The bath remodel fulfills the need for storage and provides natural light.
Peter Tata The bath remodel fulfills the need for storage and provides natural light.

This bathroom remodel was in a home with 2-foot thick masonry perimeter walls. Demolition revealed a window that had been covered up — leaving a deep opening in the wall. Stewart Davis, design director of CG&S Design-Build in Austin, Texas, decided to design a cabinet to fit the space.

The custom cherry cabinet matches the vanity and is 6 feet 6 inches tall, 30 inches wide, and 16 inches deep. The room did not have enough floor space to include all the storage the homeowners wanted, so this solution was a welcome addition to the project.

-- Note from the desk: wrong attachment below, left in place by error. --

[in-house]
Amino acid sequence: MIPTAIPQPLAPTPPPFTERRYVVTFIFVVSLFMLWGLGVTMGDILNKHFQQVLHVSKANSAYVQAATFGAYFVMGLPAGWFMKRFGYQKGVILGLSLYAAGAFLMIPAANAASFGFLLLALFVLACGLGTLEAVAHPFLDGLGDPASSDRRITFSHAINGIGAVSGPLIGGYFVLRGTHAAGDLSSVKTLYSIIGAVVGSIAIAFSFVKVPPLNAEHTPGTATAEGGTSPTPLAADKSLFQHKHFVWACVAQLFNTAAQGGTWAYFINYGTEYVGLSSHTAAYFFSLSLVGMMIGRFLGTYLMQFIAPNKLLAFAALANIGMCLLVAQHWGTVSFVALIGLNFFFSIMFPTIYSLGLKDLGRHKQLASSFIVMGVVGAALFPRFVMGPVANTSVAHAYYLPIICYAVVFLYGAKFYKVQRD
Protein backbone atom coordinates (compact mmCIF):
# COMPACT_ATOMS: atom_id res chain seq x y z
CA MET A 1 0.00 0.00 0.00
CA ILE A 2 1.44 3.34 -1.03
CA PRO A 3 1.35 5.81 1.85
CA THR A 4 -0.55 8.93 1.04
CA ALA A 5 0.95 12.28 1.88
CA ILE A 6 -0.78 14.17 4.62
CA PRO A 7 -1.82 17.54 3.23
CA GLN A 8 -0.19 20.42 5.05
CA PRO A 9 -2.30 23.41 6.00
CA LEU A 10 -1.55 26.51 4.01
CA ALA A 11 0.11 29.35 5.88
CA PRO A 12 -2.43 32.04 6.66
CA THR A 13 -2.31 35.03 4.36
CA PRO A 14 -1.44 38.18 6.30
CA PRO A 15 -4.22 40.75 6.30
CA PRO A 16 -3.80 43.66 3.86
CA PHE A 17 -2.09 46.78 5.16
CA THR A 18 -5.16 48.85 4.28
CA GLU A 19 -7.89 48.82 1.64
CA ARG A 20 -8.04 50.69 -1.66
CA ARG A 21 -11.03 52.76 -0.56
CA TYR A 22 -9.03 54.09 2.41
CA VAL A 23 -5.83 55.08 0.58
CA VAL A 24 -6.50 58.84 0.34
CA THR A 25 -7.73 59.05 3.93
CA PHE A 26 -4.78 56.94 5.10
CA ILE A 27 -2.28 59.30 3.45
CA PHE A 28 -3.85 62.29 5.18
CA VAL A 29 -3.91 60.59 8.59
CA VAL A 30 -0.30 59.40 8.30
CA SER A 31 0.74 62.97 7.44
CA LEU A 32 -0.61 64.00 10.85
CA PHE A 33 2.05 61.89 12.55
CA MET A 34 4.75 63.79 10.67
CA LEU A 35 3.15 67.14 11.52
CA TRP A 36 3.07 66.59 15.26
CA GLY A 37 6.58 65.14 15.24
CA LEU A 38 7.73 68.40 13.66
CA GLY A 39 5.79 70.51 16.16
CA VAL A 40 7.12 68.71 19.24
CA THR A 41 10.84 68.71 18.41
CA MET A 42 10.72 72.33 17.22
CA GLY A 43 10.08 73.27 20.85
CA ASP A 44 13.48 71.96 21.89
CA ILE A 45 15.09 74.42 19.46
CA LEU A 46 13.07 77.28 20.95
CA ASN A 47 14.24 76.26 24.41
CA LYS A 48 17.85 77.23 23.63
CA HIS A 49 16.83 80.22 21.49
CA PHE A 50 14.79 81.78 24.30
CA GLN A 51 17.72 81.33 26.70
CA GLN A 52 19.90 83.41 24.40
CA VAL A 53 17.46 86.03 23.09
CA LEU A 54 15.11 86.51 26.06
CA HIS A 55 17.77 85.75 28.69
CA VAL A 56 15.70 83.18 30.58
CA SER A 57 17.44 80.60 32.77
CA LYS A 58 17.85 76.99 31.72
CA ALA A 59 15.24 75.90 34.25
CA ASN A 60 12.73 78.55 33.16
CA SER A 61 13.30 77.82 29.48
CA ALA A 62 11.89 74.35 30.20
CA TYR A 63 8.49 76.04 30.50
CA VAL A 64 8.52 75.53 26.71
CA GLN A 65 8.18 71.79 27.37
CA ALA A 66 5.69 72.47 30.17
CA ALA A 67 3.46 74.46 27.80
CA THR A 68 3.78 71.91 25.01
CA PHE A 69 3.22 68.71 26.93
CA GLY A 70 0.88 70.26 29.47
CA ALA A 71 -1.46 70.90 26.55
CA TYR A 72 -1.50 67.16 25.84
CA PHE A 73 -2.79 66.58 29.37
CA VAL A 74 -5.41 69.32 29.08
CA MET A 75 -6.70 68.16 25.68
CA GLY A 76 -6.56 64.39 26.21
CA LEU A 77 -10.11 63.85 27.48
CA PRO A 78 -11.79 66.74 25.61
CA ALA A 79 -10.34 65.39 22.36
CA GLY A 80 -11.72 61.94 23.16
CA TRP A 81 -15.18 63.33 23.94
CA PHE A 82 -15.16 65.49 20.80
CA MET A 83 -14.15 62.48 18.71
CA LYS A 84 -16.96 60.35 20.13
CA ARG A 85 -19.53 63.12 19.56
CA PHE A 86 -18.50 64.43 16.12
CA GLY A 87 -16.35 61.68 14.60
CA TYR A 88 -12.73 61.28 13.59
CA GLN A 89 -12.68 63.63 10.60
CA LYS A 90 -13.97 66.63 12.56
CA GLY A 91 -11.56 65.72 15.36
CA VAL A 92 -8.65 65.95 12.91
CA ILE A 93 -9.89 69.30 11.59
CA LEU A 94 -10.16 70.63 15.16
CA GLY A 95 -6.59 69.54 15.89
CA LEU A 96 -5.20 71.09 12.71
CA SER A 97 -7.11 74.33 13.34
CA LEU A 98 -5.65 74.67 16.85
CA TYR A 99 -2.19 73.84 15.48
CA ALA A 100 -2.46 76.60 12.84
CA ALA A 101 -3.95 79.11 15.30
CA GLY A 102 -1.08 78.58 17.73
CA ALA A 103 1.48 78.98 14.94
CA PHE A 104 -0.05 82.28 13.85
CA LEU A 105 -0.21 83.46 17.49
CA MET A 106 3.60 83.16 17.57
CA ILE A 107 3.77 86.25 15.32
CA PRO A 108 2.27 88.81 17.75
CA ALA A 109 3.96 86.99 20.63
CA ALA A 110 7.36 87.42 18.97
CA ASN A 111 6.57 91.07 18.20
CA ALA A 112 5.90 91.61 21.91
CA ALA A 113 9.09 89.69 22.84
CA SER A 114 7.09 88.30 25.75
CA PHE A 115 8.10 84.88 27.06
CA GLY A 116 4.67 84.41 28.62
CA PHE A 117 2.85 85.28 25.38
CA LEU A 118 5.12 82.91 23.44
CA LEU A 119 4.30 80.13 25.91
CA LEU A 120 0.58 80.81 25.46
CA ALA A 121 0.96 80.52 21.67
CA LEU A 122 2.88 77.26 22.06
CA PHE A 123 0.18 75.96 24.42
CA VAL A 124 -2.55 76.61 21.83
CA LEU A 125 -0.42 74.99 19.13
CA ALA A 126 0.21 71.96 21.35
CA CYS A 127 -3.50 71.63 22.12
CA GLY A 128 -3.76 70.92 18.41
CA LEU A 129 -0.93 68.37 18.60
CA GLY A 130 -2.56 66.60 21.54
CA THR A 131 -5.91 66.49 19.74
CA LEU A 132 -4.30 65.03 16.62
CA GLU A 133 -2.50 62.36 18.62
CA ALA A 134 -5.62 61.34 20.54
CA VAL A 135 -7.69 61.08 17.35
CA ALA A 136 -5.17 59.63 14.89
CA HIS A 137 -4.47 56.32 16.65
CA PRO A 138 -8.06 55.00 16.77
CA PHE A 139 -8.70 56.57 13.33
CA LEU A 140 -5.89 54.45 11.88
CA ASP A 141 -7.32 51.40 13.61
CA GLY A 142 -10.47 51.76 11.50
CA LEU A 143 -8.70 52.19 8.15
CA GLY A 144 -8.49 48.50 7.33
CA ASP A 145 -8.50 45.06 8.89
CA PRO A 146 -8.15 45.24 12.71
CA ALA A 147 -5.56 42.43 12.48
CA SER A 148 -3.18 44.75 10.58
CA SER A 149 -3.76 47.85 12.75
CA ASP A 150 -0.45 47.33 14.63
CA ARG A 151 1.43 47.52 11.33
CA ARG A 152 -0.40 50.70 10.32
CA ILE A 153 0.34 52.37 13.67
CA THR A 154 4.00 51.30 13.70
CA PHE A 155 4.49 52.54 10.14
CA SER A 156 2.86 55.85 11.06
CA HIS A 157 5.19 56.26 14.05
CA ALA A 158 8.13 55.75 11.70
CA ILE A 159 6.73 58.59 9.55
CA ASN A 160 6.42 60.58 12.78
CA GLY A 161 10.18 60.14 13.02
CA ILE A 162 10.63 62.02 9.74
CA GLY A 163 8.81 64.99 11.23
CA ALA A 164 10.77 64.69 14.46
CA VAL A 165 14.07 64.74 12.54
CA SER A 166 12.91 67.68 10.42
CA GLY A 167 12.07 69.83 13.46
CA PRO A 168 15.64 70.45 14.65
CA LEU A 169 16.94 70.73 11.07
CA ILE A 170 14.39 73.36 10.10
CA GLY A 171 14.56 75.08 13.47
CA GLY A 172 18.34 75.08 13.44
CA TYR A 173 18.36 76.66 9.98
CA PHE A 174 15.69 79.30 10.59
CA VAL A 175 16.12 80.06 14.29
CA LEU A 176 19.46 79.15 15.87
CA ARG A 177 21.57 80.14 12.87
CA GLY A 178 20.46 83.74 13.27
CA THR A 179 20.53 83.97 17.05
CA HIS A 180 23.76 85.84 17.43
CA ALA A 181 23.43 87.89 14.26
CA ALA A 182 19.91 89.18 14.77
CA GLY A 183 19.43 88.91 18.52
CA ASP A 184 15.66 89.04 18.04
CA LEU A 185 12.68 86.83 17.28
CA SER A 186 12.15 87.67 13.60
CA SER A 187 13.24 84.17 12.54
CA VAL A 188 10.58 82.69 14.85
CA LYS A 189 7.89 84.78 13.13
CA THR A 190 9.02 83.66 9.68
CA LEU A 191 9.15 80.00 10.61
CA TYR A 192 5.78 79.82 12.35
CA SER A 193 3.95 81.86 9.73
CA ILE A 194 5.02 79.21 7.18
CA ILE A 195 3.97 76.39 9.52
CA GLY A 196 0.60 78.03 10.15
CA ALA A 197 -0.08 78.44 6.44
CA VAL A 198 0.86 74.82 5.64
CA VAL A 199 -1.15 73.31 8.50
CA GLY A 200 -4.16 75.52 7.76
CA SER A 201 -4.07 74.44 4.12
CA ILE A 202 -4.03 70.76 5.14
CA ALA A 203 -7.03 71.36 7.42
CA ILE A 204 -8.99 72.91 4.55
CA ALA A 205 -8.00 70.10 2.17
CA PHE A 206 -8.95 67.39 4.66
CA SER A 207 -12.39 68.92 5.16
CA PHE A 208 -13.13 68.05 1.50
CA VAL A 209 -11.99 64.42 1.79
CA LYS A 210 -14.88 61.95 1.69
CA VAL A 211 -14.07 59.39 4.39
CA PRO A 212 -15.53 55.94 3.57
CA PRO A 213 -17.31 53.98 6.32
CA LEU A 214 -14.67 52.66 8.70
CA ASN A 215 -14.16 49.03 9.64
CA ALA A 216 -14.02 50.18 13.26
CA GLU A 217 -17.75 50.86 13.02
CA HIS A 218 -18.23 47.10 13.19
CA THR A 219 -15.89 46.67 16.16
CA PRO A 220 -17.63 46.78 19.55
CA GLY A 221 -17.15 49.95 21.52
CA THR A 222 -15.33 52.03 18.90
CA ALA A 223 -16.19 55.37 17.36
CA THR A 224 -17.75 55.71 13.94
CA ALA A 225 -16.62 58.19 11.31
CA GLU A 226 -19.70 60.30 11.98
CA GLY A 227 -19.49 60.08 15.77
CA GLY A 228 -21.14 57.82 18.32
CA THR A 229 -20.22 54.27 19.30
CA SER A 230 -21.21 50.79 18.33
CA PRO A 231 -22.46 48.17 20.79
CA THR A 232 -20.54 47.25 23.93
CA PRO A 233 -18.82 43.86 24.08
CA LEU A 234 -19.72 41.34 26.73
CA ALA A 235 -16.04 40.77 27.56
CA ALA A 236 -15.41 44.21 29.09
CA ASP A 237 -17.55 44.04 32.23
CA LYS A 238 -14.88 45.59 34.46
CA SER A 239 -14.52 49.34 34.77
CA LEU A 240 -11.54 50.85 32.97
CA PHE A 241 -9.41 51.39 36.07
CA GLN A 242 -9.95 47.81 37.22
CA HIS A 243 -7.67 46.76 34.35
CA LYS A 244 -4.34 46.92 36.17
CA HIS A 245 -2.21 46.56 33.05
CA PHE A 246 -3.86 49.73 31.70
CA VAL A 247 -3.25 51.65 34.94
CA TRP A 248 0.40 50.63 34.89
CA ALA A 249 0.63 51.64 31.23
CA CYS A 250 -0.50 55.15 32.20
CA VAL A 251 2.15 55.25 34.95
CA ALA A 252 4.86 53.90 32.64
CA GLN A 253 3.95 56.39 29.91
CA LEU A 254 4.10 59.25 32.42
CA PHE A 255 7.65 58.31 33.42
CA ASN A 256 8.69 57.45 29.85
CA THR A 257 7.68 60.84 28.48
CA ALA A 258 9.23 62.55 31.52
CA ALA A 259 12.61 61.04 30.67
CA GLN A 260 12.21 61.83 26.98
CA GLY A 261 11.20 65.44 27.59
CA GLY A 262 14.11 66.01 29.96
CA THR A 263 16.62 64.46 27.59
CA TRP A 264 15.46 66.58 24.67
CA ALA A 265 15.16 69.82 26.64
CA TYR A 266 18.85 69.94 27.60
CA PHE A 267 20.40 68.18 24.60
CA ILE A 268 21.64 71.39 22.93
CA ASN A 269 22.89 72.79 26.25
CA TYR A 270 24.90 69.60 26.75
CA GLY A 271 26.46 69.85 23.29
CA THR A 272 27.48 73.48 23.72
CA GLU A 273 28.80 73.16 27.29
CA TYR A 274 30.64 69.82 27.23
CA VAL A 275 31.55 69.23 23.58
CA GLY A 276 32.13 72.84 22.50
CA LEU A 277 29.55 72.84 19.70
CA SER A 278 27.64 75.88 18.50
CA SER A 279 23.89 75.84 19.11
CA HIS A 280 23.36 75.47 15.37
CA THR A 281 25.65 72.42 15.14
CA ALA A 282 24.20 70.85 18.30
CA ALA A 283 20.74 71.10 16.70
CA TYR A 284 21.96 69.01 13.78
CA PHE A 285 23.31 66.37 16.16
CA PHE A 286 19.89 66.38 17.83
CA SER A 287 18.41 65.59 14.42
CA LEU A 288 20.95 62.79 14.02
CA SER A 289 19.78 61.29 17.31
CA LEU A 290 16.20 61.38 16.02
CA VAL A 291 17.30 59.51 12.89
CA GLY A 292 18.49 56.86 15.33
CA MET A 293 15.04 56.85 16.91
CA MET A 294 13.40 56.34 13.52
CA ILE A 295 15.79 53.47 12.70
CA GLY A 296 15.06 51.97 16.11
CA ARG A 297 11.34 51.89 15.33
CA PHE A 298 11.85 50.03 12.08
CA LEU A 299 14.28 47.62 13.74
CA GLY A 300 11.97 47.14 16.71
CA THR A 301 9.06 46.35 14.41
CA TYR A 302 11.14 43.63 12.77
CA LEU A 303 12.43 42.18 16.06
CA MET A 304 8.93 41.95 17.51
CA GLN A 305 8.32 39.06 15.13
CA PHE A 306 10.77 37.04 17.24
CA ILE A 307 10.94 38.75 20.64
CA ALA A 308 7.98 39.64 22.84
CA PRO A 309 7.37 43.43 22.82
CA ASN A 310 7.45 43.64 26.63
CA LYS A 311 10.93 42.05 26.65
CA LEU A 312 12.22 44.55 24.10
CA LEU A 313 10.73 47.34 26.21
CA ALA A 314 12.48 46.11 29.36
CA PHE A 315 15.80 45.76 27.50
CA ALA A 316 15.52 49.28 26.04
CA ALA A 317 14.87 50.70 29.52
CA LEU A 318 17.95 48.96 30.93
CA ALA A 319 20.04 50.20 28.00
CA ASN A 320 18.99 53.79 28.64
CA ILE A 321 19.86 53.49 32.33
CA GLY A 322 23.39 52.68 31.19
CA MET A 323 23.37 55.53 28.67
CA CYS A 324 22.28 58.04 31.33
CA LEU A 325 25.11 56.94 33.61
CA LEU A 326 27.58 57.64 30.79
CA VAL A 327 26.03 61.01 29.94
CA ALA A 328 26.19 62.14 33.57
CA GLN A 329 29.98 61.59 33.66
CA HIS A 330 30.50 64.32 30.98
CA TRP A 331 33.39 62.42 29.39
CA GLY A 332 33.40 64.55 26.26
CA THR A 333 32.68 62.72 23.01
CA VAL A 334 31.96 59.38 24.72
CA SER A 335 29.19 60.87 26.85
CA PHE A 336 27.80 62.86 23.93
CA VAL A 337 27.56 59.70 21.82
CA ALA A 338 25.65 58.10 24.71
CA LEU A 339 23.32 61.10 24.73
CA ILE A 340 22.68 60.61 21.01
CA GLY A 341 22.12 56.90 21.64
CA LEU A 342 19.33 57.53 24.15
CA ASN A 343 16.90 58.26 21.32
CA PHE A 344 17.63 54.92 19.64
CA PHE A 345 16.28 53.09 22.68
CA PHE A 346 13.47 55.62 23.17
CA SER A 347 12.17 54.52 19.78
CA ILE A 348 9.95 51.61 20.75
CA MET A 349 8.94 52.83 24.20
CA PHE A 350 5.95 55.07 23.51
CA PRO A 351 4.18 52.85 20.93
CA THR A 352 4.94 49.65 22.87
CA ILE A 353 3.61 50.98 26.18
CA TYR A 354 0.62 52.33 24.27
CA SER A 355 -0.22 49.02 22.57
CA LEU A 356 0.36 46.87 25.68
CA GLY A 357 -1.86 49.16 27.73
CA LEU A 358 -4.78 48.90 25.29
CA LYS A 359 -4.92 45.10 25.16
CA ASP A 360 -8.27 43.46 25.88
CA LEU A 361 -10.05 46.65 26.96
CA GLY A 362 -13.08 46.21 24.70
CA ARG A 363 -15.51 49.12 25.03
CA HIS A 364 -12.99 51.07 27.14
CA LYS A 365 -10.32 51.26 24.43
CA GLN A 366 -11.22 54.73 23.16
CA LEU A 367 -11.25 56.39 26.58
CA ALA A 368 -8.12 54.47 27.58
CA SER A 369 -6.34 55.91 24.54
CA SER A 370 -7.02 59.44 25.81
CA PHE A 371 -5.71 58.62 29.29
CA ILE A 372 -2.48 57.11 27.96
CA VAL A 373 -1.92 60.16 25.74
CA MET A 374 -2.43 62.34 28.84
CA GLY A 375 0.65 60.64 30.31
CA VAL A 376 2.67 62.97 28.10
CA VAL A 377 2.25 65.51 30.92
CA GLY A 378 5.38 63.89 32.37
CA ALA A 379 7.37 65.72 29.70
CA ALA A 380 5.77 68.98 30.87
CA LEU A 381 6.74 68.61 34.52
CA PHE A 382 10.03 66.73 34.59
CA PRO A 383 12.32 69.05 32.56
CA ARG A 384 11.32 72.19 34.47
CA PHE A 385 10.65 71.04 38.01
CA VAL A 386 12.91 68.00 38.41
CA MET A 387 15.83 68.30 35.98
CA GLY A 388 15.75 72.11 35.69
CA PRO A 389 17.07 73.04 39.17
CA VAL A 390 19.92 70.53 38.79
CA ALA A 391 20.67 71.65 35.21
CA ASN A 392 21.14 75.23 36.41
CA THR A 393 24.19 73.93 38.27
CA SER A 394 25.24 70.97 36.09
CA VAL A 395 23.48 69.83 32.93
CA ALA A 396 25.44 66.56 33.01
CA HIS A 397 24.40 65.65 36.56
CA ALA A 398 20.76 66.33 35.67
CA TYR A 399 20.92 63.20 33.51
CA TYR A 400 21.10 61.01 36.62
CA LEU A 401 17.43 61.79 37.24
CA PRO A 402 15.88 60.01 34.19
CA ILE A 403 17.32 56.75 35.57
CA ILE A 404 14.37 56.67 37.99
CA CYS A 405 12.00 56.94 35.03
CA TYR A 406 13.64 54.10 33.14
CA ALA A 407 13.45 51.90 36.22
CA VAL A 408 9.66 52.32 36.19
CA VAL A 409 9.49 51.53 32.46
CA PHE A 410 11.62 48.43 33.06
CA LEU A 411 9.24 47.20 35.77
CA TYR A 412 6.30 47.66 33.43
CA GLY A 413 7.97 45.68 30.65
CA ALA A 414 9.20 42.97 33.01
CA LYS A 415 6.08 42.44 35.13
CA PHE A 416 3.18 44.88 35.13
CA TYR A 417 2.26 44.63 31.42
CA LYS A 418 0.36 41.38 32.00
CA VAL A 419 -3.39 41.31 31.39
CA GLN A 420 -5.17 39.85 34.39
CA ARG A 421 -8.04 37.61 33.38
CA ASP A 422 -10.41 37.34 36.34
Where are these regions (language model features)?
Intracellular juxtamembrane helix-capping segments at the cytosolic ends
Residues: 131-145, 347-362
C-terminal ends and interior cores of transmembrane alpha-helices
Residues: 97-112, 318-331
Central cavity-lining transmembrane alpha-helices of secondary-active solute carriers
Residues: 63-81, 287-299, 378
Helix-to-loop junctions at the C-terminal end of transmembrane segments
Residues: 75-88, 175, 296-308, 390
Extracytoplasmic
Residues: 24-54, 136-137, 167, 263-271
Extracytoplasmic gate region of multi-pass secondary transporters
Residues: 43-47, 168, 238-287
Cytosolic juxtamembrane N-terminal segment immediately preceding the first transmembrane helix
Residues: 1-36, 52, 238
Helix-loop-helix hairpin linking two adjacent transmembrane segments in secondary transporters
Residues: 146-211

Davis had opted to have the cabinet flush with the surrounding tile wall, but once the rough-hewn tile on the walls was installed, he realized that the variations in the tiles' surface made that design impossible. “If it was drywall, we could have pulled it off,” Davis says. Instead, the crew used narrow trim to create a clean, finished edge.

The master bath had no exterior windows, so to add light, Davis chose to extend the 8-foot ceiling by going up to the existing rafters and adding a skylight and gable window. “No matter how much lighting you add, it cannot take the place of natural light,” he says. The motorized awning window in the gable is controlled by a switch in the bathroom.